Winegard Blog >> Cutting the Cord? Here Are Some Cable Alternatives.

Cutting the Cord? Here Are Some Cable Alternatives.

apple_tv-q410So, you’ve finally decided to cut the cord. (Congratulations!) But now that you’ve cut back on a huge monthly financial burden, how do you go about getting watching your favorite shows? It may not be entirely as easy as programming your DVR, but there are a number of ways to help keep you connected to the entertainment world. Of course, start off with our FlatWave antenna to get all your local channels, but what about the non-network programming you love? Here are the two best options:

 

Dongles
If you haven’t heard of a dongle, it’s essentially a USB plugin that turns your TV, laptop, or tablet (the former being the most important of the three) into a simple streaming device. Google Chromecast ($35) was the first game-changer to enter the market. With it you can stream from Netflix, YouTube, Hulu Plus, Google Play Movies and more. In April, streaming bigwig Roku is set to release its own dongle, Roku Streaming Stick ($49.99) includes the same options as Chromecast, with the addition of HBO Go, Amazon Instant Video, and 1,000-plus TV stations. Finally, Amazon is said to be gearing up to release its own streaming dongle, though details are still scarce, so we’re unsure of pricing and details.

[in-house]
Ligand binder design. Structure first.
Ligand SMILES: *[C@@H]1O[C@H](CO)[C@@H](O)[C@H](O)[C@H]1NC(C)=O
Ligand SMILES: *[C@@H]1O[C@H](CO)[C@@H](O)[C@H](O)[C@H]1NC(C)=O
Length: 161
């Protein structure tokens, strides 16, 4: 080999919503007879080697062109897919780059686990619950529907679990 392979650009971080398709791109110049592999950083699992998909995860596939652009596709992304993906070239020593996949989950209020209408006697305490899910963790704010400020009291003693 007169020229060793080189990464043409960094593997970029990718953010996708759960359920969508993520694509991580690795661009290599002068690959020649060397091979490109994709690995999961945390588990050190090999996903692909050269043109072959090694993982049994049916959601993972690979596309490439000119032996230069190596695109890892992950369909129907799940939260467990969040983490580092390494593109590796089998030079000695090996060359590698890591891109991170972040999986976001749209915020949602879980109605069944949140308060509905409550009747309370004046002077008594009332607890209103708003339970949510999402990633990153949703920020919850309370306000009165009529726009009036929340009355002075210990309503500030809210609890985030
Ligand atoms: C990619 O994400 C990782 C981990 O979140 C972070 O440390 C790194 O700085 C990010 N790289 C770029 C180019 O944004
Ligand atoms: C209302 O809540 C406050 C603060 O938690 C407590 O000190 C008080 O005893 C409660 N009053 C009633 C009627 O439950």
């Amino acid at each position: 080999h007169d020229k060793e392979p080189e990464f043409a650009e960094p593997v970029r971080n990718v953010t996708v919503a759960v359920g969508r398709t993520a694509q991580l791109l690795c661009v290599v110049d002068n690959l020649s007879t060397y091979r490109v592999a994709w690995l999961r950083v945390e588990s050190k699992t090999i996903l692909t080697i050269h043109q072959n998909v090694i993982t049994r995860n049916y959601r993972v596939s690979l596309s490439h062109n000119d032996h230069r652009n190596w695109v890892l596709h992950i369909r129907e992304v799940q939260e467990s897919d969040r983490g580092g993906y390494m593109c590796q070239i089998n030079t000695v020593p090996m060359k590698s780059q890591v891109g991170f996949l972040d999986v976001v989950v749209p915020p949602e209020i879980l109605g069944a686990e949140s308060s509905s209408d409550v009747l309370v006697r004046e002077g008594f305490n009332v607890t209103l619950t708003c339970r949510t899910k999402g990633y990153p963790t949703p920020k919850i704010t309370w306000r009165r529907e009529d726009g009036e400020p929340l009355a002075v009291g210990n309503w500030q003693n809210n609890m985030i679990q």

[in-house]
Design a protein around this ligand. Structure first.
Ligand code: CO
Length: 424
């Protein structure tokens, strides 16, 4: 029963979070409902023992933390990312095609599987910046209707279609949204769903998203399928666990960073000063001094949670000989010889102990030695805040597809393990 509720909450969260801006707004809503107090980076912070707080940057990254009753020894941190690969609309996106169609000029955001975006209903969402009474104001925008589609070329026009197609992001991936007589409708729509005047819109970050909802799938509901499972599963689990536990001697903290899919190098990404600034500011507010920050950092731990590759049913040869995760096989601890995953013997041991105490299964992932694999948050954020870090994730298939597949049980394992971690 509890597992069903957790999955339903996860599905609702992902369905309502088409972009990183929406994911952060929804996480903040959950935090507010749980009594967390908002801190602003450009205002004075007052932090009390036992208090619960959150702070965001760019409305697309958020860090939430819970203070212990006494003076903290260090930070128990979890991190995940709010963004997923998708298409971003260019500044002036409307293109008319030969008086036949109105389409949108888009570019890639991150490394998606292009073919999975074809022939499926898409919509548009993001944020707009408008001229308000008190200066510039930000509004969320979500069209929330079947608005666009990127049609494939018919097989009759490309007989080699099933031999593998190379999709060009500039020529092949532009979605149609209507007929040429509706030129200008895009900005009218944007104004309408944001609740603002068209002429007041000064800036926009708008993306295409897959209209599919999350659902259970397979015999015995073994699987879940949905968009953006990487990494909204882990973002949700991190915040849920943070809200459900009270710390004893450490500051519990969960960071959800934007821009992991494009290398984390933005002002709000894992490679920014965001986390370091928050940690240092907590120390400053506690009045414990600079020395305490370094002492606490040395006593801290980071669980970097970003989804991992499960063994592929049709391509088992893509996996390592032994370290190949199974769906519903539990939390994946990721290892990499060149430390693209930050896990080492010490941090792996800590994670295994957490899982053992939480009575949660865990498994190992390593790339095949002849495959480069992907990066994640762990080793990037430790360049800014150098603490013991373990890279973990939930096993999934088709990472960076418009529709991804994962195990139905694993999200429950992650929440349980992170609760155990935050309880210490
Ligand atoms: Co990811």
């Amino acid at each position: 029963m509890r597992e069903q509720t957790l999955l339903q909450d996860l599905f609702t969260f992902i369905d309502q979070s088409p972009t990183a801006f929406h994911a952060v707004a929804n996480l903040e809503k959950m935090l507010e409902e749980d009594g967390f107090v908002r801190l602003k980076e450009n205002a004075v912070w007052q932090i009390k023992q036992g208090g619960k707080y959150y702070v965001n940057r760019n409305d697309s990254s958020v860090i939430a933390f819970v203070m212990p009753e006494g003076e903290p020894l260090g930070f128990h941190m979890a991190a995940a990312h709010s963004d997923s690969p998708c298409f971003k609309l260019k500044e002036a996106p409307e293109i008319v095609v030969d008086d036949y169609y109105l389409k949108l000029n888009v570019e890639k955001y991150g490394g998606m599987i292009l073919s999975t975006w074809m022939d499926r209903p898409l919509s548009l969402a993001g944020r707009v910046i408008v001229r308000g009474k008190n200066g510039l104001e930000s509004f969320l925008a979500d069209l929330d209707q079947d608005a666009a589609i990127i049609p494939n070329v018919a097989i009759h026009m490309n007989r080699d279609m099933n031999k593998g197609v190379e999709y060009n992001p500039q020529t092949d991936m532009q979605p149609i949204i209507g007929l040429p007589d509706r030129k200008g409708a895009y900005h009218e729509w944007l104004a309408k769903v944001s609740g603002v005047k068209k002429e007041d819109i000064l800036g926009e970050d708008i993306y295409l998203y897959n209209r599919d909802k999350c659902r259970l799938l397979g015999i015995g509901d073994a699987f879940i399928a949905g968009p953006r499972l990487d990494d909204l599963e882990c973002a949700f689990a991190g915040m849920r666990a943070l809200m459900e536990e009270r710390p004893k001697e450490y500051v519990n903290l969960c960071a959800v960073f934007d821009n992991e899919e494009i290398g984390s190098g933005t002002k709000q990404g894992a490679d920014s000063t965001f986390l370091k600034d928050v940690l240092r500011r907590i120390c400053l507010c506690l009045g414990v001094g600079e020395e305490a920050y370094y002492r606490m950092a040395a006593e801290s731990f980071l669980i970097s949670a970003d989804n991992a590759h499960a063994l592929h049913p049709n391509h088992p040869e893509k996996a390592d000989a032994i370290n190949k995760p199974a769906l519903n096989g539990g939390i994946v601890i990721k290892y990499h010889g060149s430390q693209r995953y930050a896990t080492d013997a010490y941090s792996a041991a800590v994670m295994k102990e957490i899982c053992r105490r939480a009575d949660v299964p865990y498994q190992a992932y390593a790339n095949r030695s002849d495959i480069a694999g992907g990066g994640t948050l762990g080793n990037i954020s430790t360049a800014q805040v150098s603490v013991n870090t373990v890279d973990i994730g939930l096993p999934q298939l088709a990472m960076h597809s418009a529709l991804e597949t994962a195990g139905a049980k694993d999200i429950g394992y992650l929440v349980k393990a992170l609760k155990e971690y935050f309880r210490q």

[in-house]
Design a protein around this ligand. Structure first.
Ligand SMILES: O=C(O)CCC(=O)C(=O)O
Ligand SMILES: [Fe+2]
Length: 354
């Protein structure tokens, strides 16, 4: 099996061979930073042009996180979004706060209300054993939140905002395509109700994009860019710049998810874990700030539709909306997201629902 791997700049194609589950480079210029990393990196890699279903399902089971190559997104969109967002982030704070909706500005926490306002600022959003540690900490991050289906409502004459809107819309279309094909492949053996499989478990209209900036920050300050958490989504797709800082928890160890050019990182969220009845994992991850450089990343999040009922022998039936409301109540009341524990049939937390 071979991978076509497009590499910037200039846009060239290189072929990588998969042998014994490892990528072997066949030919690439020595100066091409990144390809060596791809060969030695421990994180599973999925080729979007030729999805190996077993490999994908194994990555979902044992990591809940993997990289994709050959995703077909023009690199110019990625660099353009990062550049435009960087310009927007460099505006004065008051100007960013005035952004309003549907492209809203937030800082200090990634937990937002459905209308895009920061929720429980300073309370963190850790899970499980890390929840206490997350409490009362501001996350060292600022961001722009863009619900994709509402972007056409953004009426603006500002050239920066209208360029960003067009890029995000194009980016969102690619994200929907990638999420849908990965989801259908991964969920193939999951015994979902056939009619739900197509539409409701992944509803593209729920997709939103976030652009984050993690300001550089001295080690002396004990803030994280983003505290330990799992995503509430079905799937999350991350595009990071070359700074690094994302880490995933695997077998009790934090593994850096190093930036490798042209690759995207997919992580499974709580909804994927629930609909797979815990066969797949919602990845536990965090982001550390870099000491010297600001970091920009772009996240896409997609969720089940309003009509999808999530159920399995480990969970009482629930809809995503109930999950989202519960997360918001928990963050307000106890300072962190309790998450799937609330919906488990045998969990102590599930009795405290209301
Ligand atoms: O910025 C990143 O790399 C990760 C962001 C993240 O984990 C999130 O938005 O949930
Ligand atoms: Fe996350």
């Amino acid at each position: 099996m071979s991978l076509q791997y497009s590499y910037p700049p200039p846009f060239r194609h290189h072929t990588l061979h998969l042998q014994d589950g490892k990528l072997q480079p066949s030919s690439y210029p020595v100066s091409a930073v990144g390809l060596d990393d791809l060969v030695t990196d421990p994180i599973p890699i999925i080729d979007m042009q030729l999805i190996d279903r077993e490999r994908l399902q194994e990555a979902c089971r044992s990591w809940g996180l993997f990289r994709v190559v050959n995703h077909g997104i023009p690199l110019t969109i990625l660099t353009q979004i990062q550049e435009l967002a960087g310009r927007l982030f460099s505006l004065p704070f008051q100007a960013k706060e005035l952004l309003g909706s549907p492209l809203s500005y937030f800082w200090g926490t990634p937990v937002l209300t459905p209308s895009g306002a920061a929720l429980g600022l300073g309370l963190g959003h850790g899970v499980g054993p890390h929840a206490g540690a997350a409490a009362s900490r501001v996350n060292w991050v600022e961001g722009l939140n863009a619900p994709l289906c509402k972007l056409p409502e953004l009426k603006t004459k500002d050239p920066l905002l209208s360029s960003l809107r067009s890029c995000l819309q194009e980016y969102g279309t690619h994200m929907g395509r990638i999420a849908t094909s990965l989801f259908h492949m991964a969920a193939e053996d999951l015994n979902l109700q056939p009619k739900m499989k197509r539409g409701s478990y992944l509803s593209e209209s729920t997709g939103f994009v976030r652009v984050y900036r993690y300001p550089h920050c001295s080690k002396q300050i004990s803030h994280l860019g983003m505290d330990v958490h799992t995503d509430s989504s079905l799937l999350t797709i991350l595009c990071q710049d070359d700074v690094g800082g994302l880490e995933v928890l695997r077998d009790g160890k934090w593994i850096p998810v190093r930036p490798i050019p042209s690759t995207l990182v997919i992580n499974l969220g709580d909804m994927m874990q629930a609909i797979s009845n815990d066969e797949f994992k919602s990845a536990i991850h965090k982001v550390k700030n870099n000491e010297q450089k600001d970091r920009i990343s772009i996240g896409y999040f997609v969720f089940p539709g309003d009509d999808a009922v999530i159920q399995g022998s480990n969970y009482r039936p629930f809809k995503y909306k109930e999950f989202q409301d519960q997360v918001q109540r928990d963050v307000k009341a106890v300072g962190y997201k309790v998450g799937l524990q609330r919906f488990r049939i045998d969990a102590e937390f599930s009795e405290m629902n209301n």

Stationary Streaming Devices
These gadgets, situated at your television’s side rather than portable ones like the aforementioned dongle, are another option. Apple TV ($99) and Roku ($49.99–99.99) are the go-to brands that most cord-cutters rely on. Both hook users up with virtually the same content type—Netflix, Hulu, Amazon Instant Video, Youtube, Pandora, HBO Go, among others—but there are some notable differences. Apple TV lets you stream content—music, photos, and video—from your computer and Roku grants you access to 1,000-plus television channels. And for all you sports enthusiasts worried about missing out on your favorite team’s away games, which typically aren’t aired on local channels, both boxes give you the option to subscribe to season passes for MLB, NBA and NHL channels. They aren’t exactly cheap (roughly $200 apiece), but you’re still likely to save money over your annual cable costs.

 




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